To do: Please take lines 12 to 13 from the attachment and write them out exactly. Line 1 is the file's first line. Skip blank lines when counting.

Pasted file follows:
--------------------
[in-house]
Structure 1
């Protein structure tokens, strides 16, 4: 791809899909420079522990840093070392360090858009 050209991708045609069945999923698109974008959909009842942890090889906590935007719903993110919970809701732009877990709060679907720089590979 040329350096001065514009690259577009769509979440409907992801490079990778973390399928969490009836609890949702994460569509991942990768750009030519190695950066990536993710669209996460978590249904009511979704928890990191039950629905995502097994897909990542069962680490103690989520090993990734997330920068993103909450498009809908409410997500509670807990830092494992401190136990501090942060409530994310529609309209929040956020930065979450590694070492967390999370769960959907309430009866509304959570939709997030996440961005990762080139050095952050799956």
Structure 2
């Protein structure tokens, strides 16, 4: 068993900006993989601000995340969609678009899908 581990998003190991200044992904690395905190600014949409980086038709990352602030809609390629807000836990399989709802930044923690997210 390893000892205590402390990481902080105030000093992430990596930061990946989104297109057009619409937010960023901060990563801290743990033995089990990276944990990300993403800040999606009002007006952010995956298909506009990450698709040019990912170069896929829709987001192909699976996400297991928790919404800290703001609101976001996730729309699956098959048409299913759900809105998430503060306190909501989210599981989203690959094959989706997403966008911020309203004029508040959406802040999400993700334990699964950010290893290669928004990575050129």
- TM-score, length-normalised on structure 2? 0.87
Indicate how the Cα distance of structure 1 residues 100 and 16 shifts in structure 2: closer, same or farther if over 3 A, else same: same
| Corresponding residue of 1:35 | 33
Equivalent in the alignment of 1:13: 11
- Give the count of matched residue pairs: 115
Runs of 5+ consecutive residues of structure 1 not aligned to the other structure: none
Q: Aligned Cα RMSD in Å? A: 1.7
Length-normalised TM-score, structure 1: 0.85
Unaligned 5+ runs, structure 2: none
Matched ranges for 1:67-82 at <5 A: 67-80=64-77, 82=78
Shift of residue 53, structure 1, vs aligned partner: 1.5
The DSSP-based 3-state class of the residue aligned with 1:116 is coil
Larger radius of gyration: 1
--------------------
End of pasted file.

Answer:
Q: Aligned Cα RMSD in Å? A: 1.7
Length-normalised TM-score, structure 1: 0.85